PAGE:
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ELT and EP photo in Hot Springs
Holding a historic picture from the 1914 gathering in Hot Springs, current members of the Assemblies of God Executive Leadership Team and some Executive Presbyters pose in the same place as the original photo.

Approximately 300 people gathered in Hot Springs, Arkansas, on April 10-11, 2014, to celebrate the centennial of the Assemblies of God. Echoes of the statements from the founding general council, where another 300 ministers gathered in the same place exactly 100 years earlier, could be heard throughout the two-day event.

The centennial celebration, sponsored by the AGTrust, featured seven speakers and a night of gospel music and worship. The celebration concluded with a pilgrimage to the site of the former Grand Opera House, where the first general council was held, to re-create the iconic photograph of the founders of the Assemblies of God.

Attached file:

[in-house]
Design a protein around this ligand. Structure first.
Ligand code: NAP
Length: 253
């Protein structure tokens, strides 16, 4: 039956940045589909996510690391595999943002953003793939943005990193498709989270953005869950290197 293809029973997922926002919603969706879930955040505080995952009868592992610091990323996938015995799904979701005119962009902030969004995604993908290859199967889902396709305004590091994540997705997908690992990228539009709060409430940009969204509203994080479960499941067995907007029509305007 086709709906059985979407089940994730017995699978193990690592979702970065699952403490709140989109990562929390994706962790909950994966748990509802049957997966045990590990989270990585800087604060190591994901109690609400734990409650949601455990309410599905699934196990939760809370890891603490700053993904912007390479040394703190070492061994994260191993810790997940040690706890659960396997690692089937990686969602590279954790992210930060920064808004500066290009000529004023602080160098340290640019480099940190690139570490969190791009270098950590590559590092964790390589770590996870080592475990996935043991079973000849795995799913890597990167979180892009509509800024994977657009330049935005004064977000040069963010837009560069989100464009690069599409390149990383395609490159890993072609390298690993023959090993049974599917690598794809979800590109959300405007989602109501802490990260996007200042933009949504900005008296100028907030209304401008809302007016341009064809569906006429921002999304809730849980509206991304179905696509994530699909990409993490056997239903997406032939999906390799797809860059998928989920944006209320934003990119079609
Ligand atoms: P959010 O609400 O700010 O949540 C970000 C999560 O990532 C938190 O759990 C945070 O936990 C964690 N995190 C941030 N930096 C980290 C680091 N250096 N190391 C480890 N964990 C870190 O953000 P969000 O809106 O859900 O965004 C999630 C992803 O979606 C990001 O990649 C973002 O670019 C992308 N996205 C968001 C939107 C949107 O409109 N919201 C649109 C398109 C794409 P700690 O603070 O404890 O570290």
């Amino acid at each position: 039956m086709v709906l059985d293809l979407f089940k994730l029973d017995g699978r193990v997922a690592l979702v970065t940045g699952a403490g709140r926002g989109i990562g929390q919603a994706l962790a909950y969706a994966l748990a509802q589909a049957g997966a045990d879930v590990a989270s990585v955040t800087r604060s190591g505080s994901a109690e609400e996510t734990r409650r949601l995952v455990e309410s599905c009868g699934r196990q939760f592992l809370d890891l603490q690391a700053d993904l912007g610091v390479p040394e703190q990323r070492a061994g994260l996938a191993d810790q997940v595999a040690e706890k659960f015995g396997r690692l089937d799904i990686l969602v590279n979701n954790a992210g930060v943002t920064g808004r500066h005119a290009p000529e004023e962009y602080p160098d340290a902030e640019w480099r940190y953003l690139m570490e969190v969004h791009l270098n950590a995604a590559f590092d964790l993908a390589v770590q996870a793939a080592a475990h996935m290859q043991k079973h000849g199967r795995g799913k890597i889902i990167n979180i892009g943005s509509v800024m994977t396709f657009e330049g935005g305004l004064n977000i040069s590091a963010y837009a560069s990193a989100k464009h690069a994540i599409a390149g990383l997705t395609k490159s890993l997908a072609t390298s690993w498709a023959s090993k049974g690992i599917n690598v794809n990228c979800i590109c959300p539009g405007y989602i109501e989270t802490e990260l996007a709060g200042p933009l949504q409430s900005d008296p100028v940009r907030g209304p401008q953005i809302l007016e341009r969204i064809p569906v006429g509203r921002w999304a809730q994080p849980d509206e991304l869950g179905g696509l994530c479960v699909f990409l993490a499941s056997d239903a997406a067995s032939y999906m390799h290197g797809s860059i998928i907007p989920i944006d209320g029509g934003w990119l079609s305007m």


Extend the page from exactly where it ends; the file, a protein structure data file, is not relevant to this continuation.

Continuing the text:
One hundred years ago, Hot Springs had a reputation as a wild town, known for its alcohol, prostitution, gangs and drugs. When the founders of the Assemblies of God met at the Hot Springs Grand Opera House for the first general council, they had to pass by the saloon at the front of the building in order to attend the meetings in the auditorium. The centennial celebration was held in a more sanctified setting — the spacious First Assembly of God, Hot Springs, Arkansas, pastored by Larry Burton.

The centennial celebration drew people from across the United States. Jean and Magalie Rebecca, a husband and wife who pastor Haitian Assembly of God, Dorchester, Massachusetts, were excited to be able to participate: "We grew up in the Assemblies of God in Haiti. The Assemblies of God is a worldwide family, and we wanted to represent Haitians in Hot Springs."

Attendees also included descendants of some of the participants in the first general council, held April 2-12, 1914. Bonnie Olsen, the granddaughter of founding Assemblies of God minister Oliver P. Brann, felt right at home. She commented, "I experienced faith-filled services and the power of God this week. I wish I could experience this every day!"